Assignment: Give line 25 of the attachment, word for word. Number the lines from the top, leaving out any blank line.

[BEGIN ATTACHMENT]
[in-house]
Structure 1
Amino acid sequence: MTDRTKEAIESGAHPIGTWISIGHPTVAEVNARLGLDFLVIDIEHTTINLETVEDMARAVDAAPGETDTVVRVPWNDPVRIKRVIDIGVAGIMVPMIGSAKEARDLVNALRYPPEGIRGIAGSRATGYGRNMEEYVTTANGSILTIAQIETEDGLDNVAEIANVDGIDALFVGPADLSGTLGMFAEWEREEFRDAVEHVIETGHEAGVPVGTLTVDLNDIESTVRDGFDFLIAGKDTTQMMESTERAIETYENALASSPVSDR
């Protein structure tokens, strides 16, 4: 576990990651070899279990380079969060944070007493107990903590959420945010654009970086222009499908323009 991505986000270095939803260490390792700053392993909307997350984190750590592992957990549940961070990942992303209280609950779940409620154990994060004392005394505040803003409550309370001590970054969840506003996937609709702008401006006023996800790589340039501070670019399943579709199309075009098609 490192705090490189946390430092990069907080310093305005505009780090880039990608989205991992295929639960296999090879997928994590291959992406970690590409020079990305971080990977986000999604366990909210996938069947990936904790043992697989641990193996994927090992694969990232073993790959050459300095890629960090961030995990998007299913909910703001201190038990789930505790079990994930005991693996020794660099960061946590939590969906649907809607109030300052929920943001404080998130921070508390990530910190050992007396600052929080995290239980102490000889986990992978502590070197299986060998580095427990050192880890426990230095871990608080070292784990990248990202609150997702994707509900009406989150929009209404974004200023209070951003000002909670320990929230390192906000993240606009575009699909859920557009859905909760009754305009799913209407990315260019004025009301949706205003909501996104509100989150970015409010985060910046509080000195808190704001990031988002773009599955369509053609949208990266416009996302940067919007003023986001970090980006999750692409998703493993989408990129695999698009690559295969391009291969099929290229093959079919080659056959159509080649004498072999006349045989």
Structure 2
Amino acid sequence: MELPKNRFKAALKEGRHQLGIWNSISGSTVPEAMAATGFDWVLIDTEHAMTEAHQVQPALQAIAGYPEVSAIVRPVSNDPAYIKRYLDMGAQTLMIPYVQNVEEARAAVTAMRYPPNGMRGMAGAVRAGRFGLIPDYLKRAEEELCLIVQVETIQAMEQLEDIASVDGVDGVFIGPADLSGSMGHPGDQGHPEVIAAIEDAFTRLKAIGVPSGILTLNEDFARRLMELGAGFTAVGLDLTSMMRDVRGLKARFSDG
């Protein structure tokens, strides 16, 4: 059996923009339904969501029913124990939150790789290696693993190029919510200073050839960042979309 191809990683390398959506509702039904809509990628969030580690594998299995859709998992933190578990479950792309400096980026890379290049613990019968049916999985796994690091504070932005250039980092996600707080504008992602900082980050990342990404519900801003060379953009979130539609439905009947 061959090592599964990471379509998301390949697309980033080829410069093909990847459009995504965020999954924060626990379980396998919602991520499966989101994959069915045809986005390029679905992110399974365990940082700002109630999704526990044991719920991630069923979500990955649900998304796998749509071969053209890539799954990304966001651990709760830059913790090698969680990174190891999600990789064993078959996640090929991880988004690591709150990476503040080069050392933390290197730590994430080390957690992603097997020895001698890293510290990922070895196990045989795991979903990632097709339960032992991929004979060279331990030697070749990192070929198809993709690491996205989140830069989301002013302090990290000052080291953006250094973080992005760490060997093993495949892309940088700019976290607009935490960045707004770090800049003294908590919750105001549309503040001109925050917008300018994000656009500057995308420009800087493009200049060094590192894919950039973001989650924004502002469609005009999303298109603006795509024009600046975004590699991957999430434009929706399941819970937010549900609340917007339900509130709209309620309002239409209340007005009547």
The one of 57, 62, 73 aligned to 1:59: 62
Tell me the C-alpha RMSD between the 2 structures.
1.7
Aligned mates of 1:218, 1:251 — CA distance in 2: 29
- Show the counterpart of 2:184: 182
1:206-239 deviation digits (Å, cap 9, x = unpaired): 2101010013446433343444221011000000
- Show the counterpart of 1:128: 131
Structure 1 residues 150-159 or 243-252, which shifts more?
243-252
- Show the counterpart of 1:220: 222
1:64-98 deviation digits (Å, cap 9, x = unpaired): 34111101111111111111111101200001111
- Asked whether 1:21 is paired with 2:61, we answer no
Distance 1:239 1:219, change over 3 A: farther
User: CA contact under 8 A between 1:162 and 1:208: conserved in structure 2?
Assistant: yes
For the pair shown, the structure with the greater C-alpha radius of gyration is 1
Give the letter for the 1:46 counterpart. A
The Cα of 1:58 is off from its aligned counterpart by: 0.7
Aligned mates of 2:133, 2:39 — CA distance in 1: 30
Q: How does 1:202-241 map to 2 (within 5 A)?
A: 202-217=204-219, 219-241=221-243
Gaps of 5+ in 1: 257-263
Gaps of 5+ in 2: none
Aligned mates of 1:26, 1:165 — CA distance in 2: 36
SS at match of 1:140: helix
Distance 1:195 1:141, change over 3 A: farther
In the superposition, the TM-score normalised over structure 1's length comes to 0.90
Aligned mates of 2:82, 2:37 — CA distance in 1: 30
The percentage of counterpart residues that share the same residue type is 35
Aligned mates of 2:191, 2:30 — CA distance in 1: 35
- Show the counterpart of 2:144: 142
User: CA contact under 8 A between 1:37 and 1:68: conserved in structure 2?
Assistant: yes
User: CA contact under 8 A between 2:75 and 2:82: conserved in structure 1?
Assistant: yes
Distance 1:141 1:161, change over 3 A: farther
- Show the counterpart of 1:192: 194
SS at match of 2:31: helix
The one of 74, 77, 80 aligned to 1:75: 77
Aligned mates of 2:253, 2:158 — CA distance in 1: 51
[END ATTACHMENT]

The Cα of 1:58 is off from its aligned counterpart by: 0.7